The Future of the Consumer Financial Protection Bureau

Jul 30, 2020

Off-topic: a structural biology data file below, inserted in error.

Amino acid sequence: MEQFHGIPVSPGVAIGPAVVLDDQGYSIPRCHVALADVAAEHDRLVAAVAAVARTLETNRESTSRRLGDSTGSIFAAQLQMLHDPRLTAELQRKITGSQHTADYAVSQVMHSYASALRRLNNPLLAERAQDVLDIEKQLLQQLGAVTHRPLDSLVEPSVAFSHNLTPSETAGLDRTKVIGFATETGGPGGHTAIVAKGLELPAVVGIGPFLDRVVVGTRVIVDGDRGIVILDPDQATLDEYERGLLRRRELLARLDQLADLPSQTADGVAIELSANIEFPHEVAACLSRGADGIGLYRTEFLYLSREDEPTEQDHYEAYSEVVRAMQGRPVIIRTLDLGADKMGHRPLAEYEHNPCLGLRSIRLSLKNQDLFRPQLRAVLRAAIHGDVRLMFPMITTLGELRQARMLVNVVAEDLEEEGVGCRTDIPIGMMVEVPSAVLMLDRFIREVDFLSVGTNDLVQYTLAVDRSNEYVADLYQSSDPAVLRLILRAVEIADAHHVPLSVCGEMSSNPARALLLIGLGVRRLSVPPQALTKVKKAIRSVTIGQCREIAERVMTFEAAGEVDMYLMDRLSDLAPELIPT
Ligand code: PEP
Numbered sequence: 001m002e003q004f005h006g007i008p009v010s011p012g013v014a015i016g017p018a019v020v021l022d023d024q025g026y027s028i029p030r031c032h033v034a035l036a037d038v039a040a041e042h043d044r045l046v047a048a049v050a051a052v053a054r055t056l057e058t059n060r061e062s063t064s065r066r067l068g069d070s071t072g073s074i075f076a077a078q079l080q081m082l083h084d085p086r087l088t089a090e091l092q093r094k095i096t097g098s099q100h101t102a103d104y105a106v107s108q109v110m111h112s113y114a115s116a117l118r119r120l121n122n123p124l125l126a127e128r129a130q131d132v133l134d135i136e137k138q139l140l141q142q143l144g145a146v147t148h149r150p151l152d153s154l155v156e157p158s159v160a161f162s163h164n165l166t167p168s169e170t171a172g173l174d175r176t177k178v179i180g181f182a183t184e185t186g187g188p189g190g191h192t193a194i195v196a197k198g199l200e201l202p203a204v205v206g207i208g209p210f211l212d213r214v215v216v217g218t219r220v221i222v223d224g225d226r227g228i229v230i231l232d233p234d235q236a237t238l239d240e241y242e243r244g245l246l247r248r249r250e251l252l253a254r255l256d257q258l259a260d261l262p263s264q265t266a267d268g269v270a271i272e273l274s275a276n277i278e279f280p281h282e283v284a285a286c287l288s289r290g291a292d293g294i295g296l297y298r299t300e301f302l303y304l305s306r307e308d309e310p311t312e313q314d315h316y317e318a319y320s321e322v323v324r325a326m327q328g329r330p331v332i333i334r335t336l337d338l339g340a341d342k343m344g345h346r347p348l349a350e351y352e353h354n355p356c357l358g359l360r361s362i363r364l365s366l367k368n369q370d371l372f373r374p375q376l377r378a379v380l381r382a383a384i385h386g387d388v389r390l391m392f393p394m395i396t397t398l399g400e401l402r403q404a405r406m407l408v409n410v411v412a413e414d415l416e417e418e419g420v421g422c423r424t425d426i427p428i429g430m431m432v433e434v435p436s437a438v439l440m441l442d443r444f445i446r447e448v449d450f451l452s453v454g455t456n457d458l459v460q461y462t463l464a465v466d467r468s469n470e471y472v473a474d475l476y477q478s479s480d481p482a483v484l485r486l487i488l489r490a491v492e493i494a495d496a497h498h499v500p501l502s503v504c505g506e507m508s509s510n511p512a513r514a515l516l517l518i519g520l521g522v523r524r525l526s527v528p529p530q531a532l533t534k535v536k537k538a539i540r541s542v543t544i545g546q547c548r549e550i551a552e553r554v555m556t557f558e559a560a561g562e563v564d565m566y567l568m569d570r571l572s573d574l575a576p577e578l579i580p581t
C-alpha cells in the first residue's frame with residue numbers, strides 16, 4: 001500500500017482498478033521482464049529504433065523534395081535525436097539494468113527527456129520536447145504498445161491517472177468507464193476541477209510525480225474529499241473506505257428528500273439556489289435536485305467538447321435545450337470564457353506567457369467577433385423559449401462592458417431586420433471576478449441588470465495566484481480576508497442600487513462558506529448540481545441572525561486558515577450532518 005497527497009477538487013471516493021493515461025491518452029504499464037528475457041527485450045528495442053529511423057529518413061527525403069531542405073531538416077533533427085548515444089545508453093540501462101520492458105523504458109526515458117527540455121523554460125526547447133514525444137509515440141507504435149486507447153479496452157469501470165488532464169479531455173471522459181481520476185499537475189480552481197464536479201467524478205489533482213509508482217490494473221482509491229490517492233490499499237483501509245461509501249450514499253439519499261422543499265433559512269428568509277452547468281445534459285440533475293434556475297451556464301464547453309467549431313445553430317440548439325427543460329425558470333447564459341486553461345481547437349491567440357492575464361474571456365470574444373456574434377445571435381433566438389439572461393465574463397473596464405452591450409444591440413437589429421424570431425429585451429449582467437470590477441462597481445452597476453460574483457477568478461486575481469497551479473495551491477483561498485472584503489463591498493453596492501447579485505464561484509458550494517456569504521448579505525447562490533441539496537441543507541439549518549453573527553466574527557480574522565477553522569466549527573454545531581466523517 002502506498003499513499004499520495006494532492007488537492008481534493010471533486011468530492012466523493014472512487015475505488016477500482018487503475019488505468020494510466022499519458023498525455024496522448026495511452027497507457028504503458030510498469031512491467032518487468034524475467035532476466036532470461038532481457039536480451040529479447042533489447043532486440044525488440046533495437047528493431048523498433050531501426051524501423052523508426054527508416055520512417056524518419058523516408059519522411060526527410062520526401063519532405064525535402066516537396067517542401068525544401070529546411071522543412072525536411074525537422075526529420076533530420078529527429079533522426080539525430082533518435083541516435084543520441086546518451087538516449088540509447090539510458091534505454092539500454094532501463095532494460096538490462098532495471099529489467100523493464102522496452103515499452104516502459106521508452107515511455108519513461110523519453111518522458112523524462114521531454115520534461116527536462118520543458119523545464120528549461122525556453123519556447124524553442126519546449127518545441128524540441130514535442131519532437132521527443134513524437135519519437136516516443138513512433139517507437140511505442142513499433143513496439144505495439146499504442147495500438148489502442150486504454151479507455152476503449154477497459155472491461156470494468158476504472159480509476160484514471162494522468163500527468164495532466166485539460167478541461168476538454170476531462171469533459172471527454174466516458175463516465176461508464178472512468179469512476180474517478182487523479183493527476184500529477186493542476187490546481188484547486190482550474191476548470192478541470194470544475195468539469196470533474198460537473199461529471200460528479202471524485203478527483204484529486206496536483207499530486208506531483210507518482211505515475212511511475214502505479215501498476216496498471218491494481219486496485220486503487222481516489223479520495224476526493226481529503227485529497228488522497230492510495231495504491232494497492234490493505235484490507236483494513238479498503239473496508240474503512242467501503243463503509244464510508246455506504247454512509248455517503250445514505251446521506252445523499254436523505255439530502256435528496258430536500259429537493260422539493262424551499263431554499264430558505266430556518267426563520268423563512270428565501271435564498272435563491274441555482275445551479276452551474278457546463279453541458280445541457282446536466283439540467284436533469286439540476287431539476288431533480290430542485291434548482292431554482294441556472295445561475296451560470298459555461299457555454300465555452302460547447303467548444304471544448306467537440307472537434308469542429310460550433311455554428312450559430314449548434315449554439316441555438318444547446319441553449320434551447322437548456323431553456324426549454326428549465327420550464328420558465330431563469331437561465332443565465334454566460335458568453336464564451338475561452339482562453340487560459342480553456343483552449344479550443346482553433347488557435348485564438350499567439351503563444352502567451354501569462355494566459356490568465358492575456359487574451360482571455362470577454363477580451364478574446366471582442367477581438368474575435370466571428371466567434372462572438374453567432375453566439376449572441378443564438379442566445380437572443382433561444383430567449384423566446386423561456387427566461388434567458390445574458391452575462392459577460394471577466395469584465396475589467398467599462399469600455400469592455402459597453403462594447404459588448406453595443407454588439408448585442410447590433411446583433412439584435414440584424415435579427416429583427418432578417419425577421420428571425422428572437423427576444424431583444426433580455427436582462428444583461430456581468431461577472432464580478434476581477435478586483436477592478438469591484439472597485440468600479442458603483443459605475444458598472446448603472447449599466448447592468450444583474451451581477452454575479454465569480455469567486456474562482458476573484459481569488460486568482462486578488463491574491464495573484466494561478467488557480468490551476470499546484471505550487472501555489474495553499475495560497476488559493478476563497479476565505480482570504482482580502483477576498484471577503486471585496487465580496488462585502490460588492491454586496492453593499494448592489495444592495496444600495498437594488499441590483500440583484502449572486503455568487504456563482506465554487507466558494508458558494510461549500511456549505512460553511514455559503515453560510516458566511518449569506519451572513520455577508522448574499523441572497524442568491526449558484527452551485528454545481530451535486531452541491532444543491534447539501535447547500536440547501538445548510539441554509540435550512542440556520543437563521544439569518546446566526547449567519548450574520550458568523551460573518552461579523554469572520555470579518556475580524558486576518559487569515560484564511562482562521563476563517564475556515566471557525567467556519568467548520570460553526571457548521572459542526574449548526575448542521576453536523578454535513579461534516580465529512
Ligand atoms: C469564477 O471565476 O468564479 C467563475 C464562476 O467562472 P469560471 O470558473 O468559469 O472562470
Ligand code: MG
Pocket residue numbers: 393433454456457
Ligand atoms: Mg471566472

In the wake of the 2008 financial crisis, Congress created the Consumer Financial Protection Bureau (CFPB) as part of the historic Dodd-Frank Act. This new federal agencya signature achievement of Senator Elizabeth Warren under the Obama administrationwas established to protect everyday consumers who utilize services such as credit cards, mortgages, and loans. But was the CFPB's structure, and its quasi-independence from the Executive Branch, unconstitutional? A 2020 ruling by the Supreme Court declared that the agency's structure violates the separation of powers. While the decision did not go so far as to dismantle the CFPB entirely, it did grant the President the authority to remove its director at will. What does the decision mean for the future of the CFPB, and for consumers' rights during the current era of economic uncertainty? Loyola Law School professor Jessica Levinson moderates a discussion with Constitutional scholar Charlton Copeland, professor at the University of Miami School of Law, and corporate governance expert Jennifer Taub, professor at the Western New England University School of Law. Hammer Forum is made possible by the Rosenbloom Family